Types of Solids
Figure 1. Schematic representation of the packing of the atoms and the electron distribution in the four types of solids.
Metallic. A metal is a substance that can conduct electricity both as
a solid and when it is molten. The range of melting points for metals is
very large, from −39°C for mercury to 1,083°C for copper and 3,200°C
for tungsten. The outermost valence electrons of the atoms belong to
the crystal as a whole, delocalized as a "sea" in which they are freely
mobile to flow from atom to atom. The positive nuclei of the atoms are
embedded in the sea as a close-packed three-dimensional array.
Ionic. Ionic materials are those that are brittle and that conduct
electricity when molten but not as solids. Melting points range
upwards from about 500°C. Examples are CaO (quicklime), MgF 2 ,
and NaCl (common table salt). The electrons are constrained about
each atom, some atoms with excess positive charge (cations) and some
with excess negative charge (anions). The ions are packed closely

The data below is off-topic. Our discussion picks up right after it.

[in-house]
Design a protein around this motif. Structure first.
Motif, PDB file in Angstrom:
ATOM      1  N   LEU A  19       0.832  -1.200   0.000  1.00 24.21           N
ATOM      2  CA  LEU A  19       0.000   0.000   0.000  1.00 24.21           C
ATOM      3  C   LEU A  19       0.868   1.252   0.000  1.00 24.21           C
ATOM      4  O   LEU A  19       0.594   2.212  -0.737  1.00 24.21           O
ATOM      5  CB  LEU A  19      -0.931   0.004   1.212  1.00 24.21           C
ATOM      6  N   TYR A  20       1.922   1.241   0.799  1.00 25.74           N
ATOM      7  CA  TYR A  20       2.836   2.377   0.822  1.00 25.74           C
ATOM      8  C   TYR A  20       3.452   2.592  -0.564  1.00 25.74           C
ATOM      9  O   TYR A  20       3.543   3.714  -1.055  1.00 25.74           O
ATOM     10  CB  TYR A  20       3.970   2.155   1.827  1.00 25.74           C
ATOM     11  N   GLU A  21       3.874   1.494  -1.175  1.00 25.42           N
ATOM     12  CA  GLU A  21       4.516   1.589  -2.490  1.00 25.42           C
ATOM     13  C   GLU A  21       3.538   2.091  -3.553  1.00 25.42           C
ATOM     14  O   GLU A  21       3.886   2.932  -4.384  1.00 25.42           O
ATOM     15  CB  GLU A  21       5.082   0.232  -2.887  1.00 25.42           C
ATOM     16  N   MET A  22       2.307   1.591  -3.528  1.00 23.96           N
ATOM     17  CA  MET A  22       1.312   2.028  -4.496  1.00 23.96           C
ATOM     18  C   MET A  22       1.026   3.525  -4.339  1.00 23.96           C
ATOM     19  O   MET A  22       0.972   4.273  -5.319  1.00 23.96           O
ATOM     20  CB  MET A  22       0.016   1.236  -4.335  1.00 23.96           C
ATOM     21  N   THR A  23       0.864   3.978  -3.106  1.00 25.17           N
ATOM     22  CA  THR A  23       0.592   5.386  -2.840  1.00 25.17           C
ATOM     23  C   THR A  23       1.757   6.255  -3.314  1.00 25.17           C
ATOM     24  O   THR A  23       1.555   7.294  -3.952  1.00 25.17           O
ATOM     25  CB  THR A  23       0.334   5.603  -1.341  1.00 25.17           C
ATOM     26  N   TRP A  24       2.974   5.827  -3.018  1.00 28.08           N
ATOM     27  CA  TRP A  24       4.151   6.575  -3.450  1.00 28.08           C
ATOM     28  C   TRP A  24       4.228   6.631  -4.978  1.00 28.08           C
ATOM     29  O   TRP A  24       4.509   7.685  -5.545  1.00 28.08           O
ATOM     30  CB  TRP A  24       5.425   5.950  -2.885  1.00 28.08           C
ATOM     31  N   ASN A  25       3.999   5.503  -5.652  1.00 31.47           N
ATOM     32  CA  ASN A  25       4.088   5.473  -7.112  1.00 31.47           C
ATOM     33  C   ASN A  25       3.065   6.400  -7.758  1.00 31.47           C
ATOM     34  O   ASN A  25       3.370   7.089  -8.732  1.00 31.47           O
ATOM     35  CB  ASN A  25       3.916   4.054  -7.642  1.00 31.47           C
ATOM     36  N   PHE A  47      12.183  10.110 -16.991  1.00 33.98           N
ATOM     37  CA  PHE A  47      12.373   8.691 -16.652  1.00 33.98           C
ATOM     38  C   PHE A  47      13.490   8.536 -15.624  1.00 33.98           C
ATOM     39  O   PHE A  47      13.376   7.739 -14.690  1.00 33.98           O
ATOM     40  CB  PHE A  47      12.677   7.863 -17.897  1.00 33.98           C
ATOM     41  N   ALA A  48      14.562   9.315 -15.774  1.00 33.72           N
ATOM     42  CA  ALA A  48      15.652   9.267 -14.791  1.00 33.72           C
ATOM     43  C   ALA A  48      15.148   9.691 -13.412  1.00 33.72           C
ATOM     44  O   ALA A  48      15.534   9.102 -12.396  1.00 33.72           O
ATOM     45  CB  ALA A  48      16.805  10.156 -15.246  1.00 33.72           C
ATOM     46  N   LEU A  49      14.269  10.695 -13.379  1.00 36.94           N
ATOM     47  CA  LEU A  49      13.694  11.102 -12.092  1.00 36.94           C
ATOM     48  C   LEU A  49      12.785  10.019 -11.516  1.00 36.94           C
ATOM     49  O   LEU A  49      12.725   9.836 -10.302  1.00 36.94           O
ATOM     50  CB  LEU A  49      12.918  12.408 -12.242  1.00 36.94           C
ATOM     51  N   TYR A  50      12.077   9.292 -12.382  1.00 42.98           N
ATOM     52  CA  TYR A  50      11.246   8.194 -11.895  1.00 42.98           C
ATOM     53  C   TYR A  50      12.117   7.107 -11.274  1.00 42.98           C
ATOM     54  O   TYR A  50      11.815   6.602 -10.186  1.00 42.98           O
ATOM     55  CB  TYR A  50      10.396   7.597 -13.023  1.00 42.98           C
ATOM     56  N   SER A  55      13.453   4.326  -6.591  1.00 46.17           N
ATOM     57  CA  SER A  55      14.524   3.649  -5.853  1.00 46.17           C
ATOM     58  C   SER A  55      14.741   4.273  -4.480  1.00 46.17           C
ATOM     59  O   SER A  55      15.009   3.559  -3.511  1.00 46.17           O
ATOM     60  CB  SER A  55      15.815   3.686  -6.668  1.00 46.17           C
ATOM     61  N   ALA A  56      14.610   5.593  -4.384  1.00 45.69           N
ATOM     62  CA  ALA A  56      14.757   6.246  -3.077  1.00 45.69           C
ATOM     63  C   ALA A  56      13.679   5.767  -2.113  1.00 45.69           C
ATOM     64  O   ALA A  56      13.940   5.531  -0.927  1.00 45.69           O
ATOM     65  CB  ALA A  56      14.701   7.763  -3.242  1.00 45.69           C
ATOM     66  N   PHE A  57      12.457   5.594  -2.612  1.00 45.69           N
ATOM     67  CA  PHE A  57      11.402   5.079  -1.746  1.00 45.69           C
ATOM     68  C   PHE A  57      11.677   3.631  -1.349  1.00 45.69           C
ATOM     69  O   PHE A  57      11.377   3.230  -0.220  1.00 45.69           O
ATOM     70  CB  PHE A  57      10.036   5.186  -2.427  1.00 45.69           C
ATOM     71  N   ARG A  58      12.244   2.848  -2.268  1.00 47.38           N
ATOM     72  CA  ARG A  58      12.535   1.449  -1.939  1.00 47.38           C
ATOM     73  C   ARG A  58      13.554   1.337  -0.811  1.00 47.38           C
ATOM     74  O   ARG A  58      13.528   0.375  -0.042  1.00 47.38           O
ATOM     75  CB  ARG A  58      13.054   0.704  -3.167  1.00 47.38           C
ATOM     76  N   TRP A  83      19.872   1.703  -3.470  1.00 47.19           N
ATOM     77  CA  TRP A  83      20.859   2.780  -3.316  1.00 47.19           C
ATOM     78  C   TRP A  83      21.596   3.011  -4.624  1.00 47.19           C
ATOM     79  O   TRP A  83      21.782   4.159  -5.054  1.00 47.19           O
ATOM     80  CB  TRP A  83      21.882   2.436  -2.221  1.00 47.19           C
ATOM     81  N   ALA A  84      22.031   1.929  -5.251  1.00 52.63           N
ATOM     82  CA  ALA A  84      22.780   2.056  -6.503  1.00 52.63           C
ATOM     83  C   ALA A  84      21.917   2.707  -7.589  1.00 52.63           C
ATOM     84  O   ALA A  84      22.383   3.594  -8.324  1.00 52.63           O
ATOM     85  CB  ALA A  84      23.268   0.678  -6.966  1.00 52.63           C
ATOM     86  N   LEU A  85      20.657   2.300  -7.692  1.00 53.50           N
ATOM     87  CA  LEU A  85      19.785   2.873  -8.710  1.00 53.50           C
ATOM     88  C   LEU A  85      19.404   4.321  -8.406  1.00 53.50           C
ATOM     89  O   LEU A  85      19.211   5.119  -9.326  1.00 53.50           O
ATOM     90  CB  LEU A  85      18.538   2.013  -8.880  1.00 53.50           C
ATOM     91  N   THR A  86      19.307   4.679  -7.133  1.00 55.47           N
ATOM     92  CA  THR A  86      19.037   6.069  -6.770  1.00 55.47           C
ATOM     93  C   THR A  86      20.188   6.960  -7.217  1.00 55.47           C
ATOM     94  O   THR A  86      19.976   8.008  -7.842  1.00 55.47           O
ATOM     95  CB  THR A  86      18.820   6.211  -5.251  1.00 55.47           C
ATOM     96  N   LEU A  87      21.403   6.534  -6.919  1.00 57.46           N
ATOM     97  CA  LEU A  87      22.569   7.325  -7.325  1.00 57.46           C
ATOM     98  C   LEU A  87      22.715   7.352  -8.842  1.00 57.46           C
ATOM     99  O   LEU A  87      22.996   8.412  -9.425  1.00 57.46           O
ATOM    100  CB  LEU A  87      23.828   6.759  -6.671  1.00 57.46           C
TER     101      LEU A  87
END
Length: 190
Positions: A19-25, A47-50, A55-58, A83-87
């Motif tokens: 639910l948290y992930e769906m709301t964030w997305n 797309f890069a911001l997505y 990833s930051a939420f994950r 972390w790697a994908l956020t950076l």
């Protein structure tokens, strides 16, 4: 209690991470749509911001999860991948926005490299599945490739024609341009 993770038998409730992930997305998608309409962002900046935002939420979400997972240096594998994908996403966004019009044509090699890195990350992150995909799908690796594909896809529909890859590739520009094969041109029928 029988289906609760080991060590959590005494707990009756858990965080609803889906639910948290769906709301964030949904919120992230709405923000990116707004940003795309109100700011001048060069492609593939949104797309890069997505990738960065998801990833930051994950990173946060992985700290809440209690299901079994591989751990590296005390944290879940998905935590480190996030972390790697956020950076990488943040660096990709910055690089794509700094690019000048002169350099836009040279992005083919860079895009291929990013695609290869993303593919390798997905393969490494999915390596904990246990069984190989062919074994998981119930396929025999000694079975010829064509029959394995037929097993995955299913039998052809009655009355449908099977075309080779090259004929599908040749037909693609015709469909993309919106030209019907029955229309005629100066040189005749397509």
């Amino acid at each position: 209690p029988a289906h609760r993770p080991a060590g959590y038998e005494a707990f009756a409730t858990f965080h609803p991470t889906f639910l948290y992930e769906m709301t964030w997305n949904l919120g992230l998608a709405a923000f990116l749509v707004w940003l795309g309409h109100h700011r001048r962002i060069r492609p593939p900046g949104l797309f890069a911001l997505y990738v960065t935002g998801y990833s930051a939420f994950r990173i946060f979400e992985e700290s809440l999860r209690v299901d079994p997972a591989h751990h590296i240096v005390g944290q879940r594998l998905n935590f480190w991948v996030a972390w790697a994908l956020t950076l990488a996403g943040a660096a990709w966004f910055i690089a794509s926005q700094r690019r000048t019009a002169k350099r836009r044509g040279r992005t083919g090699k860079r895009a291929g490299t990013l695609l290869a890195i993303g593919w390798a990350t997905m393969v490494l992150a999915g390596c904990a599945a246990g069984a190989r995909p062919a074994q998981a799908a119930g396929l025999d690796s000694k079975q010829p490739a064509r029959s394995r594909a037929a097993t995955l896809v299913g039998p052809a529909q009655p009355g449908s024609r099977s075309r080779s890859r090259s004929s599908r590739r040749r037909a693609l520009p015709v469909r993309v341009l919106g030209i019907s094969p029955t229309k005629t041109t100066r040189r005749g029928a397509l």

together, held by coulomb (electrostatic) forces of attraction.
Covalent network. A solid that is extremely hard, that has a very
high melting point, and that will not conduct electricity either as a
solid or when molten is held together by a continuous threedimensional network of covalent bonds. Examples include diamond,
quartz (SiO 2 ), and silicon carbide (SiC). The electrons are constrained
in pairs to a region on a line between the centers of pairs of atoms.
Van der Waals molecular. A material that has a very low melting
point and that will not conduct electricity either as a solid or when
molten consists of molecules that are close-packed, bump-in-hollow
and that are attracted to each other by weak van der Waals attractions.
Examples include carbon dioxide (CO 2 , dry ice), iodine (I 2 ), and
naphthalene (mothballs). The electrons are constrained to the welldefined groups of atoms that constitute the molecules. The atoms within the molecules are linked
together by strong covalent bonds. The weak attractions between the molecules, termed London
forces, arise from the charge asymmetry in the molecules that result from the polarizability of their
electron clouds.
Metallic Bonding: How metals conduct
electricity in solid state.Metals are unique in that they can
conduct electric current in the solid state. (Examples include
aluminum high voltage transmission cables and copper wire
in domestic wiring.) Also, metals are ductile and malleable;
they can be hammered into sheets, such as the pressed steel
used as body parts for a car. The layers of atoms can slide past